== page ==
Stool samples were cultured for Salmonella spp. and Shigella spp. Campylobacter ssp. by standard methods and additionally plated on sorbitol Mac Conkey medium without tellurite or cefixime for detection of non-sorbitol-fermenting E. coli strains. Presence of rotavirus and adenovirus antigens in stool samples was determined by commercial immunochromatography kits. We used the CerTest EHEC STX1 + STX2 (CerTest Biotec, Bioscience SL, Zaragoza, Spain) kit based on the principle of a qualitative immunochromatographic assay employing monoclonal antibodies for direct detection of STX1 and STX2 produced by STEC in stool samples. The manufacturer reported both sensitivity and specificity of ~ 99% when the CerTest E. coli O157 + STX1 + STX2 immunochromatographic test was compared with the established and commercially available kit Shiga Toxin Quik Chek, TechLab® for STX1 and STX2. The concordance between the results obtained by the two kits was excellent as documented by the very high Cohen’s kappa coefficient. Shiga Toxin Quik Chek, TechLab® kit is also based on monoclonal antibodies to STX1 and STX2 that was validated against the classical Vero cell assay.

Data analysis

Descriptive statistics were employed using frequencies and percentages for categorical variables and mean and median values for continuous variables. Differences between patients having mixed STEC infection with rotavirus or adenovirus versus those with STEC but lacking rotavirus/adenovirus in clinical characteristics were examined using Fisher-Exact test. Data were analysed using IBM SPSS version 25 (Armonk, New York, USA).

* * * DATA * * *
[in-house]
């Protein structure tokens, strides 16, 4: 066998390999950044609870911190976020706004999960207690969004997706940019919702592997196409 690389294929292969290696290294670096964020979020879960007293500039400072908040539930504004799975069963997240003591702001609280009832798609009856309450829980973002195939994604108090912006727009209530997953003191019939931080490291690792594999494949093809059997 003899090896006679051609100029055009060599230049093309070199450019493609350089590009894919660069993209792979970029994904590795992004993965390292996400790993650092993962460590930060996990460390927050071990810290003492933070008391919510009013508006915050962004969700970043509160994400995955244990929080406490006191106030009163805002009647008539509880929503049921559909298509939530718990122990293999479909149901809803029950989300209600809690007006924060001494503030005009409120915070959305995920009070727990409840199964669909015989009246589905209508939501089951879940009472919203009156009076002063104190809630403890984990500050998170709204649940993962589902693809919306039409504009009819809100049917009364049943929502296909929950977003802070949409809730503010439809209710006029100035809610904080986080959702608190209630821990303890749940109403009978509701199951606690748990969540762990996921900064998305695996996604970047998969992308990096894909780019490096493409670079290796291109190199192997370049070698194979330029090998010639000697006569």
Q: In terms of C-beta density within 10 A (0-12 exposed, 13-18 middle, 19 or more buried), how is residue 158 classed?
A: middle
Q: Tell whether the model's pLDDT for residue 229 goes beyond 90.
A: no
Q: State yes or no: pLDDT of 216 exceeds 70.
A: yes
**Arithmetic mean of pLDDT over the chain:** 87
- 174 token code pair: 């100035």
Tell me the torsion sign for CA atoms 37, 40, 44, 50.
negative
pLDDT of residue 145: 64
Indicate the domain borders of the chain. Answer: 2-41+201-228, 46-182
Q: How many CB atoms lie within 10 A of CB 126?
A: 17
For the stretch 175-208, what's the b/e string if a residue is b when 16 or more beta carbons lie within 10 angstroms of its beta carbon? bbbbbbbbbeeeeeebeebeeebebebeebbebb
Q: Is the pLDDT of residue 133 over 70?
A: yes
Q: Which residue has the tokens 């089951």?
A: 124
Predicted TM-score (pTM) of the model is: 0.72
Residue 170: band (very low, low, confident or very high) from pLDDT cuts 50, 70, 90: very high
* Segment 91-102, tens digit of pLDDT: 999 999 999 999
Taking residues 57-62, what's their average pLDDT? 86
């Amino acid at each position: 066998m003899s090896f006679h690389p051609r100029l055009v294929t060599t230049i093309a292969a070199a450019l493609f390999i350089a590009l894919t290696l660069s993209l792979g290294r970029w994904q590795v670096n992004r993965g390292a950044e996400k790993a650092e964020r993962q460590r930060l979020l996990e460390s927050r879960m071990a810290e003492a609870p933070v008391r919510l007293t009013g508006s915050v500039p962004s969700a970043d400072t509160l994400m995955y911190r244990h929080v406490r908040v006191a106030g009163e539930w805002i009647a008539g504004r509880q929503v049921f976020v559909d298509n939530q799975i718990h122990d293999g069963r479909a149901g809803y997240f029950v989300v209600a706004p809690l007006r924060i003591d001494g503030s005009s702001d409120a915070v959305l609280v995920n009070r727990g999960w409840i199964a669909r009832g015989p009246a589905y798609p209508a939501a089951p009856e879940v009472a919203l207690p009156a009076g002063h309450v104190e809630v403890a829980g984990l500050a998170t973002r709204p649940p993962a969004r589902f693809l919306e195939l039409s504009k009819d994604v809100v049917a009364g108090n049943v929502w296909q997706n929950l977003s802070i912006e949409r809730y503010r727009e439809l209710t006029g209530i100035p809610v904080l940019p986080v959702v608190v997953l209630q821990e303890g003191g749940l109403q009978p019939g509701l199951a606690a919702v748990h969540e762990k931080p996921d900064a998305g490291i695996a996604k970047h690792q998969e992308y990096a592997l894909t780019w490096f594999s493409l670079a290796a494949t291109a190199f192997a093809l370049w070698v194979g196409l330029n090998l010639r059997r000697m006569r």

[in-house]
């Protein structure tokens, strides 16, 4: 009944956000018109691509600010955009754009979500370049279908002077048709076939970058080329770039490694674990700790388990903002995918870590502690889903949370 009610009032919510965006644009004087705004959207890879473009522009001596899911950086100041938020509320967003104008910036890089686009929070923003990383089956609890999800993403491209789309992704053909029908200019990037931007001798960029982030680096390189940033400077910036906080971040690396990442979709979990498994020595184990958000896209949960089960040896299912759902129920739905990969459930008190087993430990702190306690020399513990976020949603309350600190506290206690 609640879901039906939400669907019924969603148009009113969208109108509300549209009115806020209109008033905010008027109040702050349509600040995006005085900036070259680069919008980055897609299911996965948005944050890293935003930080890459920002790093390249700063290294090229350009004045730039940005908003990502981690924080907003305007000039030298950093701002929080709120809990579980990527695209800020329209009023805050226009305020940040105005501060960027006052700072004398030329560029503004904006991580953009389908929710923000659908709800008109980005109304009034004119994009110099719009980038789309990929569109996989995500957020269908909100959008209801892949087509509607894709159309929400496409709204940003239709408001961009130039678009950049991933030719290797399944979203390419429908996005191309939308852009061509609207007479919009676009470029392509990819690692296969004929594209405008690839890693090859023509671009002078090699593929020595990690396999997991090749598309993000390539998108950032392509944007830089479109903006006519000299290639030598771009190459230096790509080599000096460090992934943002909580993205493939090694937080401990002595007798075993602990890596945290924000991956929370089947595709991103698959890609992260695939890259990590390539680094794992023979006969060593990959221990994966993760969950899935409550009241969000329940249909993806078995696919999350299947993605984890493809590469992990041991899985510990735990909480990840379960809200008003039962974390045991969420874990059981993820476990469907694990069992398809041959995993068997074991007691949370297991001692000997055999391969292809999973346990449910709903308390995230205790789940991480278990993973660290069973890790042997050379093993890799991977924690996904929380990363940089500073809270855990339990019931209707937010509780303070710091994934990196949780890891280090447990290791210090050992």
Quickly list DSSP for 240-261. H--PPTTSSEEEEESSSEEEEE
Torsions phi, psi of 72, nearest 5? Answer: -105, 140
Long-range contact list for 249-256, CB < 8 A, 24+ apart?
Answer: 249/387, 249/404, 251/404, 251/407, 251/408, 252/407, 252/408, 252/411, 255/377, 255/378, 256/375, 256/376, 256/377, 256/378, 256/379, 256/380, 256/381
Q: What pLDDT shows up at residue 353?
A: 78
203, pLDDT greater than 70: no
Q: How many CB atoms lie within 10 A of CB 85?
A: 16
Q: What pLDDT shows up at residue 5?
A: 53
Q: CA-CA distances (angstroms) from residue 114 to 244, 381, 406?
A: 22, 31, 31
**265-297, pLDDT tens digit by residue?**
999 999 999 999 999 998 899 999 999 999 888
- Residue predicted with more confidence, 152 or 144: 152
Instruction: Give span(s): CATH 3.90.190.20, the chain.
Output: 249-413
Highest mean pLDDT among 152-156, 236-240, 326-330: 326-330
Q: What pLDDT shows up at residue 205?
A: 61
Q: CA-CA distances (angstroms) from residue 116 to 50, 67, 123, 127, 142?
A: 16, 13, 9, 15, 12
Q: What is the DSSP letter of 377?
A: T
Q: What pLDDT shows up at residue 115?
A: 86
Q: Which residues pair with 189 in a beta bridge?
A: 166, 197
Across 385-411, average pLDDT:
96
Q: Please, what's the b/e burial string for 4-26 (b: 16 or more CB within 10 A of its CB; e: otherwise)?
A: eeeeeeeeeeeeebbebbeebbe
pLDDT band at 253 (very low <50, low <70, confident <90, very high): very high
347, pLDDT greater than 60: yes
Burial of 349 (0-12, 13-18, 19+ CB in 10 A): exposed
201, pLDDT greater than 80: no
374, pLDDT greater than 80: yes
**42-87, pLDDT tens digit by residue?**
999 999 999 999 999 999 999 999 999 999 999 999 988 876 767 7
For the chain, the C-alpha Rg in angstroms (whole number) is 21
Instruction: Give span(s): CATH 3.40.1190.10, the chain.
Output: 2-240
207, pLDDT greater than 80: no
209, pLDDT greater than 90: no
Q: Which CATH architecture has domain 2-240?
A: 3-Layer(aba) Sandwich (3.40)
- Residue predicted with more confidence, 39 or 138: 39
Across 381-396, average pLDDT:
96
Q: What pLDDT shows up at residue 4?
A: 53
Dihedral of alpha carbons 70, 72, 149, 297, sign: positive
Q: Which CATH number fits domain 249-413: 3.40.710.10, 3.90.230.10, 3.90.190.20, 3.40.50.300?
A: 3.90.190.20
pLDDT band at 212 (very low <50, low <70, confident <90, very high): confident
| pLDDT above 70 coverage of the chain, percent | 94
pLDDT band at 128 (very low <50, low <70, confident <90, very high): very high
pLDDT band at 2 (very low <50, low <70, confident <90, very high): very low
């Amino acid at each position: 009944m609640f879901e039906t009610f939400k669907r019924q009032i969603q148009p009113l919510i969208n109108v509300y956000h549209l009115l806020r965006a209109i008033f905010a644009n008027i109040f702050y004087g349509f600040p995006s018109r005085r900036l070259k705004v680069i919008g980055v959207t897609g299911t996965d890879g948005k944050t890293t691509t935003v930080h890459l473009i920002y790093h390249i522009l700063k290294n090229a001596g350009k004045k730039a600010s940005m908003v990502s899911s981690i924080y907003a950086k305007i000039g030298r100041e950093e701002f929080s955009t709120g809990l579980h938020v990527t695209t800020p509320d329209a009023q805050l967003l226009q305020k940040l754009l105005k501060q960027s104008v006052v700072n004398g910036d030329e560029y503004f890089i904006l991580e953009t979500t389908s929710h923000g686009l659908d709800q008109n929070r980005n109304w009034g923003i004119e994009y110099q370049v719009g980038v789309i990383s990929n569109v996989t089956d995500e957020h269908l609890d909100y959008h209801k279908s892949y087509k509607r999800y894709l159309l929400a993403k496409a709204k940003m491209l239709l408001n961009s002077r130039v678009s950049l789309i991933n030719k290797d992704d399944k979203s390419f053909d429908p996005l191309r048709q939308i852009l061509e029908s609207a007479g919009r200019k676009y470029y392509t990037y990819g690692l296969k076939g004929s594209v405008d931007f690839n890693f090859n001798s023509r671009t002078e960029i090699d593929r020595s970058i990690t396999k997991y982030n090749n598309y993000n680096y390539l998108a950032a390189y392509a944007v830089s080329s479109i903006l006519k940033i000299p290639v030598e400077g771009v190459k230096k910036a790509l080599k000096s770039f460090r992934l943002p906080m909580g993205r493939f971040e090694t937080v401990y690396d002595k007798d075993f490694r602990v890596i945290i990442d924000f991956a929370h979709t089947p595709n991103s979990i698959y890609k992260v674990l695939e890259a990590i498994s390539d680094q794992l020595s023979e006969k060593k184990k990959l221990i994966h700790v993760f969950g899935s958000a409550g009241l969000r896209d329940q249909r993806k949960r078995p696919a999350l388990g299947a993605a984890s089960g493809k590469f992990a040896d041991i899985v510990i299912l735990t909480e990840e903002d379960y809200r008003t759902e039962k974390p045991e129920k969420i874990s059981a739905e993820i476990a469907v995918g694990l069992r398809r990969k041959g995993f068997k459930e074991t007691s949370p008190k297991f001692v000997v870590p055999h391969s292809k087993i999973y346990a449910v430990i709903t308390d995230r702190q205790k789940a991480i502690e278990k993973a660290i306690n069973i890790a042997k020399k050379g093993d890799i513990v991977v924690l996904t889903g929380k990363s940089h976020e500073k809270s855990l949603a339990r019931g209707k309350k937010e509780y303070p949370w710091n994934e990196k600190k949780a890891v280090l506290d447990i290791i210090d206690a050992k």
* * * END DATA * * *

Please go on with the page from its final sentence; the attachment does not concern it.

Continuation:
Availability of data and materials

The datasets during and/or analysed during the current study available from the corresponding author on reasonable request.

Abbreviations

E. coli :

Escherichia coli

EHEC:

Enterohemorrhagic Escherichia coli

HUS:

hemolytic uremic syndrome

STEC:

Shiga toxin producing Escherichia coli

STX1:

Shiga toxin type 1

STX2:

Shiga toxin type 2

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Acknowledgements

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Author information